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19 thoughts on “Saving Pennies or Dollars? Whole Chickens

  1. lurker carl says:

    $1.60 isn’t much to get a cooked bird over the raw version. However, fixing the rest of the meal takes as much time as roasting your own chicken. Unless, of course, you purchase everything else already cooked. My beef with prepared food is the salt content is outlandish.

  2. Cheryl says:

    You probably don’t want to know what makes that pre-cooked chicken taste better than at home…msg, extra salt, other flavor enhancers.

  3. Evita says:

    Trent, you did not calculate the cost of roasting that raw chicken, and the cost of the can of beer either. That would eat up your $1.60 for sure.
    Pennies saved !
    We also like the Costco roast chicken, we buy one each week after the ordeal of groceries and it lasts us two or three meals, plus the soup. Good deal!
    BTW, thanks for the recipe, I had never heard of this but will certainly try it.

  4. valleycat1 says:

    We roast our own chickens. A better way than using a can is to just cut up an orange, lime, or lemon, squeeze some of the juice on the outside & then put the pieces in the cavity. We use a variation of the Glamour magazine engagement chicken recipe. And we don’t have to deal with removing the hot can.

    Also, in our family we eat the entire chicken – the only things we throw away are the fat pocket at the edge of the cavity (trimmed & tossed before cooking) and the heart. If your family is pickier, or you don’t have the time or inclination to make soup with the back (my spouse usually eats it before we get to the soup stage), then you may be better off buying the sale packs of the pieces your family will eat.

  5. Joanna says:

    You’re also not counting the cost of the can of beer, nor the spices used in it.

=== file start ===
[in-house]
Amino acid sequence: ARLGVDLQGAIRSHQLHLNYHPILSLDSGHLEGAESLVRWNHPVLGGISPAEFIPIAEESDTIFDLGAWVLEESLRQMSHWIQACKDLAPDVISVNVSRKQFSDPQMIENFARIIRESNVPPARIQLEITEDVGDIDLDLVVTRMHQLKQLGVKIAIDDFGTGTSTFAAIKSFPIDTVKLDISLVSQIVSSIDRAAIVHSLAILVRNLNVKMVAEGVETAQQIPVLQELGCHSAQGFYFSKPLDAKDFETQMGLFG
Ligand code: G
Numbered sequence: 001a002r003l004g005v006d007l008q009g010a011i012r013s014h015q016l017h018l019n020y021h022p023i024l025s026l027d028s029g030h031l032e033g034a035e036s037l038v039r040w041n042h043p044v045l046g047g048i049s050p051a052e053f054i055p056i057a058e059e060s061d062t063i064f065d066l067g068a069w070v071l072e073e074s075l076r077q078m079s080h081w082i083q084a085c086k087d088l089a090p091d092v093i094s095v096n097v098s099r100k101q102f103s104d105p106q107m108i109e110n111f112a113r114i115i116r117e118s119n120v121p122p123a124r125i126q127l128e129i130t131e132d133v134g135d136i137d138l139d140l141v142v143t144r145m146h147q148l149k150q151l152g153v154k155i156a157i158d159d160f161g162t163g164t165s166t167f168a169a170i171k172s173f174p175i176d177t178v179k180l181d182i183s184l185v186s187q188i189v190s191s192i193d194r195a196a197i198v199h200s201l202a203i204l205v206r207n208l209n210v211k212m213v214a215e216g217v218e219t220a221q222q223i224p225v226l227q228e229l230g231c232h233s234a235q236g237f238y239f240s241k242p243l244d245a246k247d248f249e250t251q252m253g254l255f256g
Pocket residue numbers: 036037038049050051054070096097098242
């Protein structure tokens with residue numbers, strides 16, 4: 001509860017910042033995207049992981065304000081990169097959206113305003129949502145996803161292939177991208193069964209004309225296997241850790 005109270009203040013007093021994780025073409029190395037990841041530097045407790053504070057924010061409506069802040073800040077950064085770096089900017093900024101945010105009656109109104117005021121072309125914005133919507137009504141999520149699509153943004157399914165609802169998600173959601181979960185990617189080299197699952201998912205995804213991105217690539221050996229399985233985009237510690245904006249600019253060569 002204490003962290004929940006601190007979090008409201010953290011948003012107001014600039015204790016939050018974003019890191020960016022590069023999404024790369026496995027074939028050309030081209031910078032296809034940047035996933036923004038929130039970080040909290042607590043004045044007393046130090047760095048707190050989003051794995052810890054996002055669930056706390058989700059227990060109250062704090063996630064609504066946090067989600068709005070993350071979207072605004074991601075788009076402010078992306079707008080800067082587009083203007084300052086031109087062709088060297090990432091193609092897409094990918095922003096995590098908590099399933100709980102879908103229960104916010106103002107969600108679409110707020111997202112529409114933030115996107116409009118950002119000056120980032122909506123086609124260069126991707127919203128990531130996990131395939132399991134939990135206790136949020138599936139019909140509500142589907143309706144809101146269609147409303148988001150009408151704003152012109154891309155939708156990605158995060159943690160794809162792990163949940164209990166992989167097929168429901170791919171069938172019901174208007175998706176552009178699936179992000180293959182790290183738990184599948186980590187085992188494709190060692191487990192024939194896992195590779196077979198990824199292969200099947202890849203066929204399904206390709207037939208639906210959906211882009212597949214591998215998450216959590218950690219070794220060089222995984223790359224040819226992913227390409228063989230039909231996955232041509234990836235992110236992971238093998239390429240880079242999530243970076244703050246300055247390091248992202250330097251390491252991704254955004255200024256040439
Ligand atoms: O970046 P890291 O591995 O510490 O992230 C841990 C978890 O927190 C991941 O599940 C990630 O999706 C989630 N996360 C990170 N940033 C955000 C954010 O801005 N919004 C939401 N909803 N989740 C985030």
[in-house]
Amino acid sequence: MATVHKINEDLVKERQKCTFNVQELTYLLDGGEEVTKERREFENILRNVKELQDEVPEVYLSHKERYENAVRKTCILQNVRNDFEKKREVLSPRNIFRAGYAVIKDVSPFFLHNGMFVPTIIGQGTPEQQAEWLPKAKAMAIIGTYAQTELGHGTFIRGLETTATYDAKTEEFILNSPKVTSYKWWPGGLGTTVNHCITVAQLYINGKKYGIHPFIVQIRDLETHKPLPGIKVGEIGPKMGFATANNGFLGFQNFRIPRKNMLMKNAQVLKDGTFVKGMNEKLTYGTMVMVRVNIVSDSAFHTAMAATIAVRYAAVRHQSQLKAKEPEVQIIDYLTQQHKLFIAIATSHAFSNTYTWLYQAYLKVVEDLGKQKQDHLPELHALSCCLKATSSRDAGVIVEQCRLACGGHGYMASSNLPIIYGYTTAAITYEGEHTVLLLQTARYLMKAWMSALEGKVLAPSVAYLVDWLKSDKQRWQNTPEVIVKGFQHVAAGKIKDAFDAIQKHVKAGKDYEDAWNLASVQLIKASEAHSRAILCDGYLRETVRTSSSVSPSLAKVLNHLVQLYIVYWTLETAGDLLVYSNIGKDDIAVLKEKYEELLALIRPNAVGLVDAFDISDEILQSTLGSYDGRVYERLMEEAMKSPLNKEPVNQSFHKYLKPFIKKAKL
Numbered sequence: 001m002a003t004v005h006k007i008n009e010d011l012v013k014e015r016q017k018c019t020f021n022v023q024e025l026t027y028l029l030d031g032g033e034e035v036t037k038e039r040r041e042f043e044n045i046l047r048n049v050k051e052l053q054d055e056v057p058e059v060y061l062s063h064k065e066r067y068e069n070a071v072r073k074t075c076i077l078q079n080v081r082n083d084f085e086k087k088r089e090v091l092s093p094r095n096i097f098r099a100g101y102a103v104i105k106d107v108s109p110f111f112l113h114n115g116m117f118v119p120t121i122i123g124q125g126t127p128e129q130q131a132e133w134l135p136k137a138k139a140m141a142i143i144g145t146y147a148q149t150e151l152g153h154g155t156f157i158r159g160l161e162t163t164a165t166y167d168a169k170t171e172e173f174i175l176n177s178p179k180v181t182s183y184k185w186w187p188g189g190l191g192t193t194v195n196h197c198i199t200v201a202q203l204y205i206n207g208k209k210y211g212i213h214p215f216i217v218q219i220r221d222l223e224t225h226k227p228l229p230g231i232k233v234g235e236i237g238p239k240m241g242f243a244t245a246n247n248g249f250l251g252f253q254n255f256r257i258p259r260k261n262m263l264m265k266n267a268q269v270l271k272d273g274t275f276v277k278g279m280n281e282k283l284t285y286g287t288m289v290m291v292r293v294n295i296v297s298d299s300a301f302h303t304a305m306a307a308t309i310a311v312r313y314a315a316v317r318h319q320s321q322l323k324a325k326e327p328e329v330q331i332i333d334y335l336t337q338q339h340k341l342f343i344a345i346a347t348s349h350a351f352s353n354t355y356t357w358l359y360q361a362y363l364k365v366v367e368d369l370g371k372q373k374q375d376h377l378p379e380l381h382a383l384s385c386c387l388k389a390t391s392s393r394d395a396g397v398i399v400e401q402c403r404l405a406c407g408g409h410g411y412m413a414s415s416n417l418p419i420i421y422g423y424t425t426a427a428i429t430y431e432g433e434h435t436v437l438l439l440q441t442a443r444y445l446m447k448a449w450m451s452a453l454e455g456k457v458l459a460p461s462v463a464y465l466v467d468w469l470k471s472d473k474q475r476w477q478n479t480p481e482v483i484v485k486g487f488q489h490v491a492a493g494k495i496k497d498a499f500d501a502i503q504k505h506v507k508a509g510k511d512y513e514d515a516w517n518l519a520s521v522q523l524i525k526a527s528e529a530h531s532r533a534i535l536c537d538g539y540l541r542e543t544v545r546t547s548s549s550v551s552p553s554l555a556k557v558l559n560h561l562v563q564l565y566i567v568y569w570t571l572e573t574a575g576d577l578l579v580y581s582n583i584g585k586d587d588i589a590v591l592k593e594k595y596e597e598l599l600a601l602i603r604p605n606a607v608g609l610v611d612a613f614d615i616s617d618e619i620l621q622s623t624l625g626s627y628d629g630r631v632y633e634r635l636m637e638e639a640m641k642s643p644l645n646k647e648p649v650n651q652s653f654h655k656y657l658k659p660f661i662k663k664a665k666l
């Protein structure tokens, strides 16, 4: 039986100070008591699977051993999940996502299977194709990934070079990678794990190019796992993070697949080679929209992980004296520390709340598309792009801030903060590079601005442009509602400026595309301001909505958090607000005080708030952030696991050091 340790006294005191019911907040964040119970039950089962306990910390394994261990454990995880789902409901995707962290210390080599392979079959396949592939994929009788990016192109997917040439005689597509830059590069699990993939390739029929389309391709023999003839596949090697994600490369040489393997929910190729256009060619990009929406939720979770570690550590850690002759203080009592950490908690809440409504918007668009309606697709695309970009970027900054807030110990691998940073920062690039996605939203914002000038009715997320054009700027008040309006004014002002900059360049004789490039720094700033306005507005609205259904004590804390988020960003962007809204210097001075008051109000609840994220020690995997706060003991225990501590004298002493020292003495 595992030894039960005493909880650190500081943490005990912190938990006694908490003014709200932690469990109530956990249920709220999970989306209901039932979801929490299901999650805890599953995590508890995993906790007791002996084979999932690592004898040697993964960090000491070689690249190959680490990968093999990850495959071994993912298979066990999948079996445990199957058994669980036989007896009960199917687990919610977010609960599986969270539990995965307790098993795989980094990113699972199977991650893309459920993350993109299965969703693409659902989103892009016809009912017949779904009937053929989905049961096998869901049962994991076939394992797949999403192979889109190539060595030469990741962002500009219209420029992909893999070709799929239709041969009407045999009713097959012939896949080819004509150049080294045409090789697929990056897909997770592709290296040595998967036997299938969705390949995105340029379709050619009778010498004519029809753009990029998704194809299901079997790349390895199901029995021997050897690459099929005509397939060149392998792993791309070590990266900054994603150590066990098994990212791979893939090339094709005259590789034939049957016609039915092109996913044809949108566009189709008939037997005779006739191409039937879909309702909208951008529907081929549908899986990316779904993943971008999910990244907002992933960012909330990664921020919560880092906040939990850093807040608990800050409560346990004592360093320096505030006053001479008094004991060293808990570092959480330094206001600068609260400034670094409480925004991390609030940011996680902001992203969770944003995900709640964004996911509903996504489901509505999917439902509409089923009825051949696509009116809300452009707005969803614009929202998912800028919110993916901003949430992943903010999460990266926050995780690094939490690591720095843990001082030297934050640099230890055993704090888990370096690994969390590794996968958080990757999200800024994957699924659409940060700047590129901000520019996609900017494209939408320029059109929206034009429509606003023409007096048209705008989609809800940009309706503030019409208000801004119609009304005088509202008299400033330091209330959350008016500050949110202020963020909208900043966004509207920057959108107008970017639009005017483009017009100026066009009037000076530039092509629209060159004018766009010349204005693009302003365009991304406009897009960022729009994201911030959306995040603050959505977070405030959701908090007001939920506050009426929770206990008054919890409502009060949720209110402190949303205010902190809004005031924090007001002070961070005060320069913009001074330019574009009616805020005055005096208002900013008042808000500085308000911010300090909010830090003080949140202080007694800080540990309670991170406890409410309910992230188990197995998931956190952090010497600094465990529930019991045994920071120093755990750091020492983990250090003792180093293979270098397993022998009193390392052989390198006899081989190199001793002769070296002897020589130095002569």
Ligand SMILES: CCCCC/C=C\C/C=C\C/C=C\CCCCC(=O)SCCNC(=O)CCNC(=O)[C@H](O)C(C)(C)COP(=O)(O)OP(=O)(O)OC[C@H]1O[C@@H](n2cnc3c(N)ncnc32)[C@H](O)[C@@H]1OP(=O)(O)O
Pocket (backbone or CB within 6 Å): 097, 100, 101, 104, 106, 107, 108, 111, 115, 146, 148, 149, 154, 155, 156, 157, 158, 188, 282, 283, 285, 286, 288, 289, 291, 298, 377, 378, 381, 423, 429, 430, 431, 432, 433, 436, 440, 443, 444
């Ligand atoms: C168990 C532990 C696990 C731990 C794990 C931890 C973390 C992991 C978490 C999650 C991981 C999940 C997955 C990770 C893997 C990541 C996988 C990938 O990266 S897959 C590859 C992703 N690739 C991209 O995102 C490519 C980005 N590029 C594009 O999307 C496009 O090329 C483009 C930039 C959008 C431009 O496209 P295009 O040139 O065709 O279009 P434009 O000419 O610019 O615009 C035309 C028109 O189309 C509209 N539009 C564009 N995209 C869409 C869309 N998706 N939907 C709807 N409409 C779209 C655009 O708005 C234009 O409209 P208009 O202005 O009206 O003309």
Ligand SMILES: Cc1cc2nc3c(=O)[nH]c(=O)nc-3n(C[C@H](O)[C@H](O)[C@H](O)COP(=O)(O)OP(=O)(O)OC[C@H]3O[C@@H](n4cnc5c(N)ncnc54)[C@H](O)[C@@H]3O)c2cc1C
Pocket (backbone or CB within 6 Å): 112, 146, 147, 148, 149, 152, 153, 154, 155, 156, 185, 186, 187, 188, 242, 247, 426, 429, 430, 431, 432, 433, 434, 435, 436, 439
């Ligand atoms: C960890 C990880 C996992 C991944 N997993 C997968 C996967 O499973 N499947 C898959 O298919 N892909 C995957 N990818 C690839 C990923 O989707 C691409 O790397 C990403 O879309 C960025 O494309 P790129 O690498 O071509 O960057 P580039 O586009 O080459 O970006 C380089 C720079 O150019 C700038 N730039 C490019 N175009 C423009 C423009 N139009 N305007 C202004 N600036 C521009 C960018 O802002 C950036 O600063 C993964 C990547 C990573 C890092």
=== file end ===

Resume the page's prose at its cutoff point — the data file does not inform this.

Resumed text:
6. Katie says:

    There’s also the time involved in cleaning up, which is higher than with roasting. (And I’m unconvinced that most of us can roast a chicken with only five minutes work, given the various steps involved in rubbing herbs on the outside and the like and then periodically checking the temperature). I do agree that the flavor is better for home-roasted ones once you get the technique down.

  7. Kate says:

    I don’t know what it is with our local grocery store’s roasted chickens. They always look shriveled and weird. The Costco ones don’t look that, just our local place.

    Either way, for those of us with food allergies and/or food restrictions (kosher, halaal, celiac, etc.), I don’t think there’s a question. Homemade every time!

  8. AnnJo says:

    If you can plan ahead, brining a chicken in a salt and seasonings brine for a few hours can make a world of difference in both flavor and juiciness. (For seasonings, I use garlic, whole peppercorns, a bay leaf, and rosemary, marjoram or thyme.) Just be sure not to add extra salt when you cook it and before you taste the finished product. I suspect brining is part of the technique for some of the commercial roasters.

  9. kc says:

    Google: Mimi’s sticky chicken. Unbelievably tender & delicious: slow roasted chicken with herbs and spices. Plus no screwing around balancing a chicken on a beer can.

  10. moom says:

    The chicken we cook at home is much better. I prefer minimal additions apart from the chicken itself. Also we use organic chicken. The main downside is that it does generate a lot of mess and our dishwasher can only partially clean the stuff.

  11. Marie says: